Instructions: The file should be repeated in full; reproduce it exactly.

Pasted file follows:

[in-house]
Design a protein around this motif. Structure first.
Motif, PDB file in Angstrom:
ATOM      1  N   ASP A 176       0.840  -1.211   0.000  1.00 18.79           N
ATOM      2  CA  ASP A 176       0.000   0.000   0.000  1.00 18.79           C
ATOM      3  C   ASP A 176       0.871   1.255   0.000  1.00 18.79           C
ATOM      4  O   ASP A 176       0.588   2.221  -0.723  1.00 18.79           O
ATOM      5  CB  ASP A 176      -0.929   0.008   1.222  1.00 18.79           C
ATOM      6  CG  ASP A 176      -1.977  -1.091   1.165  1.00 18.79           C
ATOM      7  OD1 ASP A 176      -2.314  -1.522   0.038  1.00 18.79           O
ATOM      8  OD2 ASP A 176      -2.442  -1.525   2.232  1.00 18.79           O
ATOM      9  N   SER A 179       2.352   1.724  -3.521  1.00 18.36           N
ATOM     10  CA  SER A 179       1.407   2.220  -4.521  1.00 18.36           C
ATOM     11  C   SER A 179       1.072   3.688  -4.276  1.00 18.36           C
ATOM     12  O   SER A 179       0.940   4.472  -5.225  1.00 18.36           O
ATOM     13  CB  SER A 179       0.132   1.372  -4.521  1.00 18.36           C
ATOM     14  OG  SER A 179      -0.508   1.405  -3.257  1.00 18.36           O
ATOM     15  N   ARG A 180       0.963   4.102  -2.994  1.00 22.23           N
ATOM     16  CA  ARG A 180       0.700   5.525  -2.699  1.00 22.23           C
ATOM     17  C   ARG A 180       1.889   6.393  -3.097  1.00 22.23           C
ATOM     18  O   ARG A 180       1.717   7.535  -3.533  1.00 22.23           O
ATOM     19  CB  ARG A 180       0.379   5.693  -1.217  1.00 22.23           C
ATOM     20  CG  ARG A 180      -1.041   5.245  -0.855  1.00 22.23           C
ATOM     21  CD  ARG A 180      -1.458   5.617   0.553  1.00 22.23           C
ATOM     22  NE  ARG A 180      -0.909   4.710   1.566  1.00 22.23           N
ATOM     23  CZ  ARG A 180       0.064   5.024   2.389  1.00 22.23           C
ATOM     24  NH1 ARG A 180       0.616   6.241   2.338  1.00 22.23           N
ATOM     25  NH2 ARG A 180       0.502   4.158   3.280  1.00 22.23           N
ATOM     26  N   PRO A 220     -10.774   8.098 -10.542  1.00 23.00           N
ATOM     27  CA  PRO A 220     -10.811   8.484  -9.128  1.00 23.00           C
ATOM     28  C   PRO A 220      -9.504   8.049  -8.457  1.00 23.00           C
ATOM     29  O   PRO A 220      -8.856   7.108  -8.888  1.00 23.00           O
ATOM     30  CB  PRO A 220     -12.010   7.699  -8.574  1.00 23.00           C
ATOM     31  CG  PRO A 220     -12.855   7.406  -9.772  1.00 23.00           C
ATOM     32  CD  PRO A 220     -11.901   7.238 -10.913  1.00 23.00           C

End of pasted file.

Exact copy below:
[in-house]
Design a protein around this motif. Structure first.
Motif, PDB file in Angstrom:
ATOM      1  N   ASP A 176       0.840  -1.211   0.000  1.00 18.79           N
ATOM      2  CA  ASP A 176       0.000   0.000   0.000  1.00 18.79           C
ATOM      3  C   ASP A 176       0.871   1.255   0.000  1.00 18.79           C
ATOM      4  O   ASP A 176       0.588   2.221  -0.723  1.00 18.79           O
ATOM      5  CB  ASP A 176      -0.929   0.008   1.222  1.00 18.79           C
ATOM      6  CG  ASP A 176      -1.977  -1.091   1.165  1.00 18.79           C
ATOM      7  OD1 ASP A 176      -2.314  -1.522   0.038  1.00 18.79           O
ATOM      8  OD2 ASP A 176      -2.442  -1.525   2.232  1.00 18.79           O
ATOM      9  N   SER A 179       2.352   1.724  -3.521  1.00 18.36           N
ATOM     10  CA  SER A 179       1.407   2.220  -4.521  1.00 18.36           C
ATOM     11  C   SER A 179       1.072   3.688  -4.276  1.00 18.36           C
ATOM     12  O   SER A 179       0.940   4.472  -5.225  1.00 18.36           O
ATOM     13  CB  SER A 179       0.132   1.372  -4.521  1.00 18.36           C
ATOM     14  OG  SER A 179      -0.508   1.405  -3.257  1.00 18.36           O
ATOM     15  N   ARG A 180       0.963   4.102  -2.994  1.00 22.23           N
ATOM     16  CA  ARG A 180       0.700   5.525  -2.699  1.00 22.23           C
ATOM     17  C   ARG A 180       1.889   6.393  -3.097  1.00 22.23           C
ATOM     18  O   ARG A 180       1.717   7.535  -3.533  1.00 22.23           O
ATOM     19  CB  ARG A 180       0.379   5.693  -1.217  1.00 22.23           C
ATOM     20  CG  ARG A 180      -1.041   5.245  -0.855  1.00 22.23           C
ATOM     21  CD  ARG A 180      -1.458   5.617   0.553  1.00 22.23           C
ATOM     22  NE  ARG A 180      -0.909   4.710   1.566  1.00 22.23           N
ATOM     23  CZ  ARG A 180       0.064   5.024   2.389  1.00 22.23           C
ATOM     24  NH1 ARG A 180       0.616   6.241   2.338  1.00 22.23           N
ATOM     25  NH2 ARG A 180       0.502   4.158   3.280  1.00 22.23           N
ATOM     26  N   PRO A 220     -10.774   8.098 -10.542  1.00 23.00           N
ATOM     27  CA  PRO A 220     -10.811   8.484  -9.128  1.00 23.00           C
ATOM     28  C   PRO A 220      -9.504   8.049  -8.457  1.00 23.00           C
ATOM     29  O   PRO A 220      -8.856   7.108  -8.888  1.00 23.00           O
ATOM     30  CB  PRO A 220     -12.010   7.699  -8.574  1.00 23.00           C
ATOM     31  CG  PRO A 220     -12.855   7.406  -9.772  1.00 23.00           C
ATOM     32  CD  PRO A 220     -11.901   7.238 -10.913  1.00 23.00           C